About the December 16 forum
This forum is designed increase awareness around LGBTQ+ mental health. Three experts who specialize in LGBTQ+ mental health will give short presentations and then engage in a panel discussion moderated by Dr. Koenen. Dr. Gerald Davison, Professor of Psychology at the University of Southern California will present on the ethics and politics of sexual reorientation therapy. Dr. Meyer will present on the minority stress model of health disparities in LGBT people and what we know about its applicability to today’s generation, in view of the many improvements in the legal and social environment for LGBT people. Dr. Meyer is a Williams Distinguished Senior Scholar of Public Policy, School of Law and is Adjunct Professor of Public Health at the Fielding School of Public Health at the University of California, Los Angeles. Finally, Dr. Katz-Wise will present of transgender youth and families. Dr. Katz-Wise is an Assistant Professor at Boston Children’s Hospital, Harvard Medical School and Harvard T.H. Chan School of Public Health as well as the Co-Director of Harvard SOGIE (Sexual Orientation and Gender Identity and Expression) Health Equity Research Collaborative.
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Studies cited by Dr. Meyer:
Gerald Davison, Phd is Professor of Psychology at the University of Southern California. He received his B.A. from Harvard in 1961 and his Ph.D. from Stanford in 1965. He is a past-president of the Association for Behavioral and Cognitive Therapies and a Distinguished Founding Fellow and Certified Supervisor of the Academy of Cognitive Therapy. He has also served as president of the clinical division of the American Psychological Association and as chair of the board of directors of the Council of Graduate Departments of Psychology. Among his more than 150 publications, his book Clinical Behavior Therapy, co-authored in 1976 with Marvin Goldfried and reissued in expanded form in 1994, is one of his two publications that have been recognized as Citation Classics by the Social Sciences Citation Index. His textbook Abnormal Psychology, co-authored with John Neale and translated into many languages, has been a widely used abnormal text in North America and around the world. Among his many awards is the 2010 Evelyn Hooker Award for Distinguished Contribution by an Ally from APA Division 44, Society for the Psychology of Sexual Orientation and Gender Diversity: and in 2020 he was given the Clinical Science Visionary Award from the Society for a Science of Clinical Psychology. His publications emphasize experimental and philosophical analyses of psychopathology, assessment, and therapeutic change.
Ilan Meyer, Phd is Distinguished Senior Scholar for Public Policy at the Williams Institute for Sexual Orientation Law and Public Policy at UCLA’s School of Law, Adjunct Professor in Community Health Sciences at UCLA Fielding School of Public Health, and Professor Emeritus of Sociomedical Sciences, Columbia University. Dr. Meyer studies public health issues related to minority health. His areas of research include stress and illness in minority populations, in particular, the relationship of minority status, minority identity, prejudice and discrimination and mental health outcomes in sexual minorities and the intersection of minority stressors related to sexual orientation, race/ethnicity and gender. In several highly cited papers, Dr. Meyer has developed a model of minority stress that describes the relationship of social stressors and mental disorders and helps to explain LGBT health disparities. The model has guided his and other investigators’ population research on LGBT health disparities by identifying the mechanisms by which social stressors impact health and describing the harm to LGBT people from prejudice and stigma. Dr. Meyer is Principal Investigator of two important studies, the Generations Study, a study of stress, identity, health, and health care utilization across three cohorts of lesbians, gay men, and bisexuals in the United States (NICHD grant 1R01HD078526). The TransPop study, the first national probability sample of transgender individuals in the U.S. (NICHD grant 1R01HD078526). The study results will provide a more accurate and detailed picture of the issues faced by transgender people than has been available to researchers and policy makers to date.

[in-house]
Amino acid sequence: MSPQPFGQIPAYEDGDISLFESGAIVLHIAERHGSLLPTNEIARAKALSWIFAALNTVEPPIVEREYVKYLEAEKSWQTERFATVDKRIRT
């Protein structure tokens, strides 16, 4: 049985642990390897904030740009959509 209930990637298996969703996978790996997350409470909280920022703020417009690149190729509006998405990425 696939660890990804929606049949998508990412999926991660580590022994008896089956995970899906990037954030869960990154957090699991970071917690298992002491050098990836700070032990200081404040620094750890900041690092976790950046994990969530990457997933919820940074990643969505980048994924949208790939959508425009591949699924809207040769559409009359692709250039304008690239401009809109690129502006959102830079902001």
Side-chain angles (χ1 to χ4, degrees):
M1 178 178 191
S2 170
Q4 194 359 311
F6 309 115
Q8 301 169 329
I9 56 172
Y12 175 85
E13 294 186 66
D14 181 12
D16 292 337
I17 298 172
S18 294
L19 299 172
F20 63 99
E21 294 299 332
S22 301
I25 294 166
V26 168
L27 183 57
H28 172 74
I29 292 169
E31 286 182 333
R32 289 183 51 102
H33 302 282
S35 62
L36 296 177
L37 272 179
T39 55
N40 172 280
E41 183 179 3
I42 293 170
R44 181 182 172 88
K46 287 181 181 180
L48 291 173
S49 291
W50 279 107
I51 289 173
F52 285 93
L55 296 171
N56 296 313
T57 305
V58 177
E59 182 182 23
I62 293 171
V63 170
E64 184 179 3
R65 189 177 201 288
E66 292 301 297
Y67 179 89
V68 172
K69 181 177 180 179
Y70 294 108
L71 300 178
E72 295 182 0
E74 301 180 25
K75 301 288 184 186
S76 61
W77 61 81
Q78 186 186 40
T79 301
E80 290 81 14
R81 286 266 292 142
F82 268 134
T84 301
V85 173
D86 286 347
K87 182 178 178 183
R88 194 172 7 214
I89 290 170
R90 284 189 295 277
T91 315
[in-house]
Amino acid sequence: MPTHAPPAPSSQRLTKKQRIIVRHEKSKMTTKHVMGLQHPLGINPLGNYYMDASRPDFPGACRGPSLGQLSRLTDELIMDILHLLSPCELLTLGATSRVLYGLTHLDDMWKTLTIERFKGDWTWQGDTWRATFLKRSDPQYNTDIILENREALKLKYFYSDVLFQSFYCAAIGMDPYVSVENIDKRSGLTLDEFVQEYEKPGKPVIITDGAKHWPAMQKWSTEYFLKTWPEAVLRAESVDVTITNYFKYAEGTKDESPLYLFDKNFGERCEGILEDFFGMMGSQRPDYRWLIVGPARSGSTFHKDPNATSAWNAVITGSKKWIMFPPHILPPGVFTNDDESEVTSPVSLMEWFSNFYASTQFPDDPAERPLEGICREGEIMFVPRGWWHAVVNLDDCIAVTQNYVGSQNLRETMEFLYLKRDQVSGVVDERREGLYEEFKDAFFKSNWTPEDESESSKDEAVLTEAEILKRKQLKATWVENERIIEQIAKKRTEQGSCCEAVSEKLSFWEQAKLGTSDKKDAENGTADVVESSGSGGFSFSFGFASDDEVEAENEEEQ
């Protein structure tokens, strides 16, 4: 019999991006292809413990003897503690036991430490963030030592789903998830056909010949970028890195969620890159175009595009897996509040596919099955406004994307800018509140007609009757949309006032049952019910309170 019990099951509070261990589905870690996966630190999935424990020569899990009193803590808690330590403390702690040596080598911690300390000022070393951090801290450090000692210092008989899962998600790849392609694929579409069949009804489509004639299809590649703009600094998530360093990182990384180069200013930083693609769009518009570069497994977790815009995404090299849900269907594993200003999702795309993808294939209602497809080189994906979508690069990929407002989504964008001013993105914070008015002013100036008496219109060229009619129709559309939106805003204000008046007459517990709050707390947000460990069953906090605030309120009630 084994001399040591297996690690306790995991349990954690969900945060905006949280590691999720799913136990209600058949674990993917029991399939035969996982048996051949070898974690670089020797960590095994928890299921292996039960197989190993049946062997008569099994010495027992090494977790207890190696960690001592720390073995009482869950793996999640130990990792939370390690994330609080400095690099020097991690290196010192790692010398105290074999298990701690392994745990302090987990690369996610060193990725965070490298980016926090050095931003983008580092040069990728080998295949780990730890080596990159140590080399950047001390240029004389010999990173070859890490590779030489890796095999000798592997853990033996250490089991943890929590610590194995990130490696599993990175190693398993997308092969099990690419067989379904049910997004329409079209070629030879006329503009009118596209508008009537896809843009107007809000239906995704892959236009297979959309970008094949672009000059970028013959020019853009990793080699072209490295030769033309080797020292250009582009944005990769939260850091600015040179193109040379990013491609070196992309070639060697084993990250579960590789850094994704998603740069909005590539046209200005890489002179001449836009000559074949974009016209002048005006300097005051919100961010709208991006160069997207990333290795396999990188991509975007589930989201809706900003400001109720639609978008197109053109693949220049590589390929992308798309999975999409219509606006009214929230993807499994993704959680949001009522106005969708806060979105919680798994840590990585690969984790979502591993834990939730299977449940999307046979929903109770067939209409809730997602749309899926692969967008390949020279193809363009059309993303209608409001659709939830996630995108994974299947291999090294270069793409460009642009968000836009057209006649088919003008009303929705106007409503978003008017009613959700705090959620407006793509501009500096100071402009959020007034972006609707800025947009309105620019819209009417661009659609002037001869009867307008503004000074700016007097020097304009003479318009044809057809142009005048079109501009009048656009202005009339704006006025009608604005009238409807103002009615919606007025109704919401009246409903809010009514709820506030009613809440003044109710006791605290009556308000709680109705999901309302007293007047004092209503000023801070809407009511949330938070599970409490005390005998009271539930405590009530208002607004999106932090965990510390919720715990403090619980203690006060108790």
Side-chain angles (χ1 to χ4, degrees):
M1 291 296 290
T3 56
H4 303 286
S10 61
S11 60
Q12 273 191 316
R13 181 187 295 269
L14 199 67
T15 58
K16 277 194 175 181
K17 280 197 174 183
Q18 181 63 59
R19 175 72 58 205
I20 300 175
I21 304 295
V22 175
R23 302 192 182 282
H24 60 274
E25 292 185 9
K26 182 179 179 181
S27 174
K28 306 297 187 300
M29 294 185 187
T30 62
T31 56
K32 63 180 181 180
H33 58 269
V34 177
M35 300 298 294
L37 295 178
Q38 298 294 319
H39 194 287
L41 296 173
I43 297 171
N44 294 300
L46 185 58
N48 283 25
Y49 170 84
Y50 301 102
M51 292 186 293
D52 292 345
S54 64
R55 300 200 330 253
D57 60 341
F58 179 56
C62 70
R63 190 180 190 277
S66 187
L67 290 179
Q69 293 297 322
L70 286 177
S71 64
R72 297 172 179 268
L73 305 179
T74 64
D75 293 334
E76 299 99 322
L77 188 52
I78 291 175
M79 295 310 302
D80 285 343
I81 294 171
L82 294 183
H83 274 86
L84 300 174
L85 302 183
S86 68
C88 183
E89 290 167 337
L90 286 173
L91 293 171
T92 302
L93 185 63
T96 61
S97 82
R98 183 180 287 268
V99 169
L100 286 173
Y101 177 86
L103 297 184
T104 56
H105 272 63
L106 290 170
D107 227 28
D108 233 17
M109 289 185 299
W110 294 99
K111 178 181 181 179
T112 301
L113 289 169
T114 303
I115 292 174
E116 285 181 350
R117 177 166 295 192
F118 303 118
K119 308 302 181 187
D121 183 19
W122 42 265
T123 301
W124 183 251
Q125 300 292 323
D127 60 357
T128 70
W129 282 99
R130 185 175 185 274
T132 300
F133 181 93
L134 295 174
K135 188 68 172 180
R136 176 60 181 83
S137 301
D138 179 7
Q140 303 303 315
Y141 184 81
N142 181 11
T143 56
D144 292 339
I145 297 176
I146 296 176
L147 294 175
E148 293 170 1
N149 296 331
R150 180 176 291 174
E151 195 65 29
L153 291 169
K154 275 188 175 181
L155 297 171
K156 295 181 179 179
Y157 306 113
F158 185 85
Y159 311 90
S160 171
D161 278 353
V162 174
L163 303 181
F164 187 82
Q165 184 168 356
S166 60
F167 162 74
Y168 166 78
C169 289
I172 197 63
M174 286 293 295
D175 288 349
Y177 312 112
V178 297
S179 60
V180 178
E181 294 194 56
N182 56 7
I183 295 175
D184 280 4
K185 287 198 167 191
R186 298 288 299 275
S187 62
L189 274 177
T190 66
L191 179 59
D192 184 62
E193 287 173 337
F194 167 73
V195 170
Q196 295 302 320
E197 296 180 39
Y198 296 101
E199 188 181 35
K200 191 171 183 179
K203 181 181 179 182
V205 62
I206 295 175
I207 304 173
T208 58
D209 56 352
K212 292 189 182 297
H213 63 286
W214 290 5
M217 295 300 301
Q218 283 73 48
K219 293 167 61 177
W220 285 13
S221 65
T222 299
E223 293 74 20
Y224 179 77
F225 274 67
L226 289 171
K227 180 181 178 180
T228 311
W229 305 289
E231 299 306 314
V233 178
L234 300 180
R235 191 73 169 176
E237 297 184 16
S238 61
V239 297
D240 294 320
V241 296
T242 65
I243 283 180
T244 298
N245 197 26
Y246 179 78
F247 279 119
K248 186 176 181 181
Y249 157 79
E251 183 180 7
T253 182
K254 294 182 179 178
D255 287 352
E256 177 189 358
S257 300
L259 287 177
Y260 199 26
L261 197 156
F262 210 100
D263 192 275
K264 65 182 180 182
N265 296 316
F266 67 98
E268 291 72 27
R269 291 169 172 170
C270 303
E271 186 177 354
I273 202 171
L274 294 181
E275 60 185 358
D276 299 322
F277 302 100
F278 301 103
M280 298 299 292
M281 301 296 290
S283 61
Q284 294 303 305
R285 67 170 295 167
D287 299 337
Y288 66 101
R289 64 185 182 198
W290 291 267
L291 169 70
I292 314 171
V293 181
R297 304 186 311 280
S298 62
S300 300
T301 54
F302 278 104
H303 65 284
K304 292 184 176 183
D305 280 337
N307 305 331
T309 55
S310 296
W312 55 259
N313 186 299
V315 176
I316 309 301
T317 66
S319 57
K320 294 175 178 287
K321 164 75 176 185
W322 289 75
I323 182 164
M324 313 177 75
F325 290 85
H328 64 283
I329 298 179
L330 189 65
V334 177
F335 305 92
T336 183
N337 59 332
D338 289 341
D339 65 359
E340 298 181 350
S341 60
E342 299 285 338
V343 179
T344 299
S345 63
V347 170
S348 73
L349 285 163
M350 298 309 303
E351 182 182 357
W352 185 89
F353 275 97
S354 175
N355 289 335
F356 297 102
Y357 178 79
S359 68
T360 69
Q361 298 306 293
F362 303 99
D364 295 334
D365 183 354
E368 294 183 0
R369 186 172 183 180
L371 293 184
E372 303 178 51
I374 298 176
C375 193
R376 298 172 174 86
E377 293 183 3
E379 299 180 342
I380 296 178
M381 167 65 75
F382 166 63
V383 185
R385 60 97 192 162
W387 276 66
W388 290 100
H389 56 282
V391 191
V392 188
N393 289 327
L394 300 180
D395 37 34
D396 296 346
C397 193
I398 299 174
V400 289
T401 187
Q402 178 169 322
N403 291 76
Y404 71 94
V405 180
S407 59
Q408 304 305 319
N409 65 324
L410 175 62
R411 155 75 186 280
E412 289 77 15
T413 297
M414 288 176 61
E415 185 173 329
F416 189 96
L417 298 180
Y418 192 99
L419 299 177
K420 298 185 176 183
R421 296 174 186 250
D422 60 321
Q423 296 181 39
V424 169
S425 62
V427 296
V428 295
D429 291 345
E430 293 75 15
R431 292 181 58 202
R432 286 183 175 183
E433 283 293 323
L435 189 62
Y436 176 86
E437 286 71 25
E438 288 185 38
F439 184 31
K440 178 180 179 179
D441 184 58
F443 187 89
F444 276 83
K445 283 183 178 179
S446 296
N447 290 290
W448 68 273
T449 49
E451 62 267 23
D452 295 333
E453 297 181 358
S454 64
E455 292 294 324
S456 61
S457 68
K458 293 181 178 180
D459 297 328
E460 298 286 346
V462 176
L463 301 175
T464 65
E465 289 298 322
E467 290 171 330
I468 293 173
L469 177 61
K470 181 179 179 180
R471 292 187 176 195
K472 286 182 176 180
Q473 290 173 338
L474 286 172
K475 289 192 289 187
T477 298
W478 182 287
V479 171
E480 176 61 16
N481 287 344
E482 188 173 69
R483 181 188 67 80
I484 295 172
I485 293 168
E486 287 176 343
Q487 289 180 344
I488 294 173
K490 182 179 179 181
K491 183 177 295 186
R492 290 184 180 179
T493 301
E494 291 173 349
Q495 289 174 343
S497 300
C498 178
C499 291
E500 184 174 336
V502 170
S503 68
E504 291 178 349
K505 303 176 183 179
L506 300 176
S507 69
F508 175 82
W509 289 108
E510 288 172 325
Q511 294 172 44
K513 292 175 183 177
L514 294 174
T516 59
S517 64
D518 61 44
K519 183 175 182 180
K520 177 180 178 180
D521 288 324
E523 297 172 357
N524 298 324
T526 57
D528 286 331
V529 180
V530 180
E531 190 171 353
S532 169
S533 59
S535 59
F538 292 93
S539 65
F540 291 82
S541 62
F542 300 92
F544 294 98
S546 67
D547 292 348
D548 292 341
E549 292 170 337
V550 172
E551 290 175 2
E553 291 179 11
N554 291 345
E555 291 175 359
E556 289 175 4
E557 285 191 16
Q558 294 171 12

Sabra Katz-Wise, Phd is an Assistant Professor in Adolescent/Young Adult Medicine at Boston Children’s Hospital (BCH), in Pediatrics at Harvard Medical School (HMS), and in Social and Behavioral Sciences at the Harvard T. H. Chan School of Public Health (HSPH). She also co-directs the Sexual Orientation and Gender Identity and Expression (SOGIE) Research Group at BCH and HSPH.
Dr. Katz-Wise’s research investigates sexual orientation and gender identity development, sexual fluidity, health inequities related to sexual orientation and gender identity in adolescents and young adults, and psychosocial functioning in families with transgender youth. She is currently working on an NIH-funded community-based study to examine how the family environment affects the health and well-being of transgender youth and to develop an intervention to support families with transgender youth.
In addition to research, Dr. Katz-Wise is involved with advocacy efforts at BCH to improve the workplace climate and patient care for LGBTQ individuals, including her role as co-chair for the BCH Rainbow Consortium on Sexual and Gender Diversity. She also serves on the HMS LGBT Advisory Committee and is a HMS Sexual and Gender Minority Curriculum Development Fellow. Dr. Katz-Wise co-founded the Alliance of Gender Affirming Professionals (AGAP), a group for professionals and trainees in greater Boston who work with transgender youth and families.